Cars for birders: the debut review (Volvo C70)

When Jenny and I went birding together in August we got into an extended discussion of cars and how they affect the experience of birding. So we thought it might be fun to review different cars we’ve driven from that perspective. That’s not your typical car review, we know, but if you’re here reading this you probably have some affinity for birding and depending on where you live or where you go birding, a car may be a big part of that. You’ll probably see me (Arlene) doing more of these since I’m the one voted Most Likely To Rent A Car. That’s mainly because I live in Alaska and so when I travel to other places, I usually fly there rather than drive.

But before I get into the rentals, I’ll start with my cars. First up, my 2011 Volvo C70, Annika. (yes, I’m one of THOSE that name my cars). I bought it used a few years ago  after I’d murdered my ’09 VW Jetta (I’ll do a review on Gerhard another day) and was going through a midlife crisis when I got around to replacing him and decided I could finally get a convertible and honestly? The used C70 was the only convertible in town that met most of my wishlist (including a price restriction: I would never have bought one new.)  And realistically, that it’s a Volvo has not much to do with this being a review of the car birding-wise, it’s mostly about it being a convertible.

That’s my pretty girl. In Whittier, Alaska. I think she always looks better for a little dirt on her, which is an advantage when it comes to selecting birding cars.

I’m a huge fan of convertibles for roadside birding, barring inclement or winter weather birding, of course. Annika has great sight lines for driver and passenger when the top is down and she’s got a quiet enough engine that when I’m creeping along country roads, I can hear a lot too. Not anywhere as near as quiet as a hybrid, but for a gas engine, she’s fairly well-insulated against engine noise.

I’m really not kidding about the inclement weather thing, though. Annika is a hard top so unlike soft top convertibles, she actually has a nearly full size rear window which gives her a step up from the ragtops. But in general, low slung sedans like her aren’t the best for visibility unless that top is retracted. And because of that, for winter roadside birding, I tend to take out my ’92 Jeep Cherokee, Poppy (see, I told you I was THAT person). I’ll do a review on Poppy later, too.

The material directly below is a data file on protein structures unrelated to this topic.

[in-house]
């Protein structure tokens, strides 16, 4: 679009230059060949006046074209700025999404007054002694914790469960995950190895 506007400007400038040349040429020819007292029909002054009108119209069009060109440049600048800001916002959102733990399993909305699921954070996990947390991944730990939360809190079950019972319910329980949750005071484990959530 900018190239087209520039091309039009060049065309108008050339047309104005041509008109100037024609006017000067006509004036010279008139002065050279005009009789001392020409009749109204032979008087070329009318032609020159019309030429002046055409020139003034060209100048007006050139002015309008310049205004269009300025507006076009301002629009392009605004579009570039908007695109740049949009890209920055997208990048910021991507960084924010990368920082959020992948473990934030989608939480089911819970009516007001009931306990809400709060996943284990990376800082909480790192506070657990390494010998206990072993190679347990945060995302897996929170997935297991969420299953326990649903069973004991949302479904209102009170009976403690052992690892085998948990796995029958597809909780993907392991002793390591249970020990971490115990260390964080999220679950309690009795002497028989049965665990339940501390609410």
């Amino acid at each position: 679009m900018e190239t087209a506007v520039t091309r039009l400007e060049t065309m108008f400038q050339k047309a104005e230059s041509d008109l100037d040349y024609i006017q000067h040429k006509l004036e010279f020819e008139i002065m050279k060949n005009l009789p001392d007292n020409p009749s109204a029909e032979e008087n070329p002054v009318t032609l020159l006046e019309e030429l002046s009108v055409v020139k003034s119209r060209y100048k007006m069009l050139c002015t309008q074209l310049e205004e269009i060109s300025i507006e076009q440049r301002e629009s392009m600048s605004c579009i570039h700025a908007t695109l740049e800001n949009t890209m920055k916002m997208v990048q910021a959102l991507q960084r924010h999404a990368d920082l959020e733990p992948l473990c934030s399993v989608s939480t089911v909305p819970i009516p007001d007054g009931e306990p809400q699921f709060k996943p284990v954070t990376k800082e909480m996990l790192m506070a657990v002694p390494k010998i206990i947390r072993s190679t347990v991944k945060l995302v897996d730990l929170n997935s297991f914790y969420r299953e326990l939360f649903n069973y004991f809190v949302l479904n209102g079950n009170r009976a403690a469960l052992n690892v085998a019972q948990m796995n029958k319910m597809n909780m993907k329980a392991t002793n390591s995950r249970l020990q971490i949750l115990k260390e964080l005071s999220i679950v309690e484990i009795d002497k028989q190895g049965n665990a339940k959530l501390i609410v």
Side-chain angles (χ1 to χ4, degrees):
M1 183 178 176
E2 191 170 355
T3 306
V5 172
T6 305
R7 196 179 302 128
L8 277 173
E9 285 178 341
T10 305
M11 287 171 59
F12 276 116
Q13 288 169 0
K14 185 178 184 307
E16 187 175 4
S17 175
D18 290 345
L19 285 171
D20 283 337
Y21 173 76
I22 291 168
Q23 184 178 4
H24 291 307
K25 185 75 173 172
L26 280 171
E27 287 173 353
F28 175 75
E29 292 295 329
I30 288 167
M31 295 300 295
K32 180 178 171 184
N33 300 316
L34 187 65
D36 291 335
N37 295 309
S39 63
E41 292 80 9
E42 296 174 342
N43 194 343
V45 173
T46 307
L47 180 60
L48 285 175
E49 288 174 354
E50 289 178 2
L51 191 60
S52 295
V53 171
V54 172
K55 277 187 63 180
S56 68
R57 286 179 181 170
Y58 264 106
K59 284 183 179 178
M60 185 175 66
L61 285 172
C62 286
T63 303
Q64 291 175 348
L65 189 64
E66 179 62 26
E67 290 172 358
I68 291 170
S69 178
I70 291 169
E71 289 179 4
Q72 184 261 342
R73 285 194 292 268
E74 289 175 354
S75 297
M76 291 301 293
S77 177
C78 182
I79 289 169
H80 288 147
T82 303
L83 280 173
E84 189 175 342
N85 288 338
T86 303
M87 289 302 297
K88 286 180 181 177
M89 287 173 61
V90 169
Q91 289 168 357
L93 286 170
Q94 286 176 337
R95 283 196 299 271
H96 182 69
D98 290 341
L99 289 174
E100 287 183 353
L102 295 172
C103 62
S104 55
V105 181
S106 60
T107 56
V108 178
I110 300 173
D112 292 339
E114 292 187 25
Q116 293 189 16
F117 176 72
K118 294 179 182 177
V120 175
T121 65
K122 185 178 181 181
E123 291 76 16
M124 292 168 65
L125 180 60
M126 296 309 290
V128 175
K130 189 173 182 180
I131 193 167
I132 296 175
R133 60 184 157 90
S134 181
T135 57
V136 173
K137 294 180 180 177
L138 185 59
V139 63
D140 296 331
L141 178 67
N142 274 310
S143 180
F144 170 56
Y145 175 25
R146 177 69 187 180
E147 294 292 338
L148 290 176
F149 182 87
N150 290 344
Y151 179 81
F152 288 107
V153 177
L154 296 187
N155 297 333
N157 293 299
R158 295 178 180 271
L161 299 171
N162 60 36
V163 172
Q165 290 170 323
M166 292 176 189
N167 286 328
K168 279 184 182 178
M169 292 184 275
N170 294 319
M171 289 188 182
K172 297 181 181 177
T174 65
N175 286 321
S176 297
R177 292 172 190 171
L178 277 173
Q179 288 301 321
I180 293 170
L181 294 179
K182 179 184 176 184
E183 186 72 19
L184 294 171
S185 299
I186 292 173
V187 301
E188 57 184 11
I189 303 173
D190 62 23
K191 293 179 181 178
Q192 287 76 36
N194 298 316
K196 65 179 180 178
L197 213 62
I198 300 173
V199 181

Other positives? She’s sturdy enough to take on less than ideal roads, not SUV-level, but better than a sports car; the back seat, while not big enough to actually seat real people is a great storage area for small coolers and bird books and other supplies you and one passenger might want on a birding expedition; and if annoying other birders is your thing, they do get jealous of the whole top-down look at birding hotspots because you can just lean your seat back and look up while they have to get out of the car. It’s like having a portable blind: you don’t have to worry about disturbing birds with the sound of doors or windows opening or closing. Plus you look pretty stylish getting to your birding destination.

Drawbacks: serious visibility limitations when the top is in place. If it’s above 80F or below 40F, unless you’re really hard core, it’s too hot or too cold to be running around with the top retracted. Not an off-roader. A lot of birders have some reverse snobbery toward Volvos because of how much they cost (and okay, maybe that’s just me being judgy since yeah, I am that person who never understood why somebody would own a Volvo and still don’t, to be honest). She can run off of regular fuel but prefers premium and in some of the smaller towns around Alaska, premium fuel isn’t exactly readily available, not to mention it’s expensive.

So on a scale of one to 10, 1 being “don’t go birding in this car” and 10 being “this is a car clearly built for the birder market” (if that exists), I’m currently ranking my C70 as a 7. And that’s mostly because it’s a convertible. If it weren’t, I think I’d have to bump it down to about a 3.

And now I’m off to think about the other cars I’ve driven in the last few years to see where they might fit in the scale. Got any cars you absolutely love or absolutely despise for the purposes of birding? Share your knowledge in the comments! What do you love about them? What do you hate?  –Arlene


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